Question: You want us to understand that the Word of the Lord proclaims the coming of the Lord in glory - His appearing; can you give Scripture for it?

Yes. I will give three from the Apostolic preaching in the Acts of the Apostles.

- Peter said, "Repent . And He (God) shall send Jesus Christ, which before was preached unto you: whom the heaven must receive until the times of restitution of all things, which God hath spoken by the mouth of all His holy prophets since the world began" (Acts  3:20 ,21).

- Again, "And He commanded us to preach unto the people, and to testify that it is He which is ordained of God to be the judge of the quick and dead" (ch.10:42).

- Paul said, "God ... now commandeth all men everywhere to repent: because He hath appointed a day, in the which He will judge the world in righteousness by that Man whom He hath ordained; whereof He hath given assurance unto all men, in that He hath raised Him from the dead" (ch.17:30,31).

The Judgement and the Blessing of His Coming

Question: One of those Scriptures speaks of blessing, and the others of judgment; which is it that the appearing of the Lord will bring?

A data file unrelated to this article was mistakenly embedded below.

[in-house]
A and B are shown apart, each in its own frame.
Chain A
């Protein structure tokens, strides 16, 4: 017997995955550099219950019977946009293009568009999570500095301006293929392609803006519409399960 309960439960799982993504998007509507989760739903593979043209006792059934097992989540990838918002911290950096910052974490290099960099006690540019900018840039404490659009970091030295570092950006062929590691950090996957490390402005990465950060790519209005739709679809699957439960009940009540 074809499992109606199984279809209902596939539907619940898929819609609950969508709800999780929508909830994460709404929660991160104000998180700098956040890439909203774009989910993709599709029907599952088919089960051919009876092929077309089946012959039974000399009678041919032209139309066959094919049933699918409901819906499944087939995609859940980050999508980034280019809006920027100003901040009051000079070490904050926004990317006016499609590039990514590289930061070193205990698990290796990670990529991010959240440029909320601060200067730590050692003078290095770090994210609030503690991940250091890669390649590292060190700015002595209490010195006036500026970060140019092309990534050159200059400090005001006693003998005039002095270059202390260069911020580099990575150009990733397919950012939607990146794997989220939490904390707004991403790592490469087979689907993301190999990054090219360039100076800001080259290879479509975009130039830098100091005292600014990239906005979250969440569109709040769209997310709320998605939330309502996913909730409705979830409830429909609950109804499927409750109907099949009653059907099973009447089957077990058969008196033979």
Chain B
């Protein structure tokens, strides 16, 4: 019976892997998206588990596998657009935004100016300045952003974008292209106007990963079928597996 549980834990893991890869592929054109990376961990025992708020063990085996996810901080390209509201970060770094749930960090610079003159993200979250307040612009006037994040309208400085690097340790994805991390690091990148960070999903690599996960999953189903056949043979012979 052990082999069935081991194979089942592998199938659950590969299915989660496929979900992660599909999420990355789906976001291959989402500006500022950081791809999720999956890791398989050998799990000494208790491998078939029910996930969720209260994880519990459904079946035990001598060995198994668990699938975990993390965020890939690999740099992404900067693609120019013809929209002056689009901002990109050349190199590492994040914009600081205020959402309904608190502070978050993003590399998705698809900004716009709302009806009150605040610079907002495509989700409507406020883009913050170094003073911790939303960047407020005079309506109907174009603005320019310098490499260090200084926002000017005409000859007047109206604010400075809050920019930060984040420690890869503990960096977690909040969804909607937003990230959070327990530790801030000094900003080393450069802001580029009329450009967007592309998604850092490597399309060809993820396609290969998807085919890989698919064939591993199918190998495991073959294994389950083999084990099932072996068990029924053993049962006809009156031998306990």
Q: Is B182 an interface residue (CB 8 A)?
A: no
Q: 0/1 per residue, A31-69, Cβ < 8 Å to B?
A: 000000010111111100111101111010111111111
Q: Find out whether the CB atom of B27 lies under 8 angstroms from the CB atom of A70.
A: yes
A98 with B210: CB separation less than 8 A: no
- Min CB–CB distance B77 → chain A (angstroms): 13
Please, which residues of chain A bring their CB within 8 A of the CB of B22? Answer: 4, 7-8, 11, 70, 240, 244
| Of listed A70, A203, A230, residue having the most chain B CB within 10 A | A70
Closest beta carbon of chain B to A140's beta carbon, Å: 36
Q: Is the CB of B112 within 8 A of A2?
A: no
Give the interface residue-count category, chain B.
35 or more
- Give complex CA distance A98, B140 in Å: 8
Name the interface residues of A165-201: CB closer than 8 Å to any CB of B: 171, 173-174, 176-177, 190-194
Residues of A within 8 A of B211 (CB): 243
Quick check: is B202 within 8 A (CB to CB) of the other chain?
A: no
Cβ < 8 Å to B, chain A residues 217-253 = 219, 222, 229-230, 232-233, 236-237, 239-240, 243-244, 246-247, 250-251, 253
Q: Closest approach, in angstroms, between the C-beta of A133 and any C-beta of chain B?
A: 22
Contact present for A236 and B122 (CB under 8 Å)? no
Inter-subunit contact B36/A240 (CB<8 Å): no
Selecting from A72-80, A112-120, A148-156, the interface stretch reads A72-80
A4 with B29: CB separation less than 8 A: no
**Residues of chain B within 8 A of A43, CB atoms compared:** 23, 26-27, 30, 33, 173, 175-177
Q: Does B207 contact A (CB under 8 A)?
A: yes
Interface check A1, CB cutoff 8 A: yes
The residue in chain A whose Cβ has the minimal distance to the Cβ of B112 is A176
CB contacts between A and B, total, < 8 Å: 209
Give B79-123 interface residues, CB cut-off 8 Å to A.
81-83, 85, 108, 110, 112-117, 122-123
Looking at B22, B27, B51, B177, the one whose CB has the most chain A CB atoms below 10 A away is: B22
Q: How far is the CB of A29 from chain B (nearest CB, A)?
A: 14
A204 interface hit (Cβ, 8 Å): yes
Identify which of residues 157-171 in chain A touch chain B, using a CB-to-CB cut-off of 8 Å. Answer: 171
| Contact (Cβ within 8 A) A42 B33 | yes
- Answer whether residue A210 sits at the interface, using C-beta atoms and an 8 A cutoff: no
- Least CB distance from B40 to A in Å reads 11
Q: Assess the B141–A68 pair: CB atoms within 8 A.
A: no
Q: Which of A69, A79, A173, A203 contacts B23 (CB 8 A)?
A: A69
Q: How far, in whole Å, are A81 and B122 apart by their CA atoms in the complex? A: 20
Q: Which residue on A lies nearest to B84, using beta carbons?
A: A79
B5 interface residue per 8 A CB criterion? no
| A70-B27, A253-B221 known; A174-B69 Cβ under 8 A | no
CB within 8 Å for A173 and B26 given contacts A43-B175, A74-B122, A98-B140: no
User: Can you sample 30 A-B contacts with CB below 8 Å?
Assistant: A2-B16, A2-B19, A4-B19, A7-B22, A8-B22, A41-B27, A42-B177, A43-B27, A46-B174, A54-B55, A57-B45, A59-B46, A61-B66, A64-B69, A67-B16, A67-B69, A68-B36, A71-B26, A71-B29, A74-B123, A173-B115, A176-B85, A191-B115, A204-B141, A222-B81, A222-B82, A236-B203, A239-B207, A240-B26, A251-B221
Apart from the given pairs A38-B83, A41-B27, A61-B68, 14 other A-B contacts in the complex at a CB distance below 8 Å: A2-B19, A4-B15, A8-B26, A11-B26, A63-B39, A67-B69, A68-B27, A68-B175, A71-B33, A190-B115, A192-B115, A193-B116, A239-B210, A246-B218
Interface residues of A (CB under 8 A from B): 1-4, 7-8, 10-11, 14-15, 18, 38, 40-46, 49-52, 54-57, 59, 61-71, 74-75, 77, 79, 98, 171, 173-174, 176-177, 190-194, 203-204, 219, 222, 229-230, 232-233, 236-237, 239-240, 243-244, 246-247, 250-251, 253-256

God's purpose is the blessing of men, and Christ is coming for blessing and to fulfil the Scripture, "I have set Thee to be a light to the Gentiles, that Thou shouldest be for salvation unto the ends of the earth" (Isaiah 49:6; Acts  13:47 ), but judgment must go before the blessing, because of what men are. It is the persistent rebellion of men against God that makes judgment a necessity. Yet judgment is God's strange work; He does not delight in it, He delights in mercy. This comes out in the very language that Scripture uses. When it is a question of judgment, we read "a short work will the Lord make upon the earth" (Romans  9:28 ), but when it is a question of mercy, "He is longsuffering, not willing that any should perish" (2 Peter 3:9). When vengeance is in view it is "the day of vengeance, but when mercy, it is the acceptable year of the Lord" (Luke 4). It is because God's terms of grace are rejected, and because the world will not obey the Gospel of our Lord Jesus Christ, and because men will not receive the knowledge of God when they may, that judgment must come, and it surely will come, though long delayed. The blessing will also come, "He shall come down like rain upon the mown grass" (Psalm 72:6).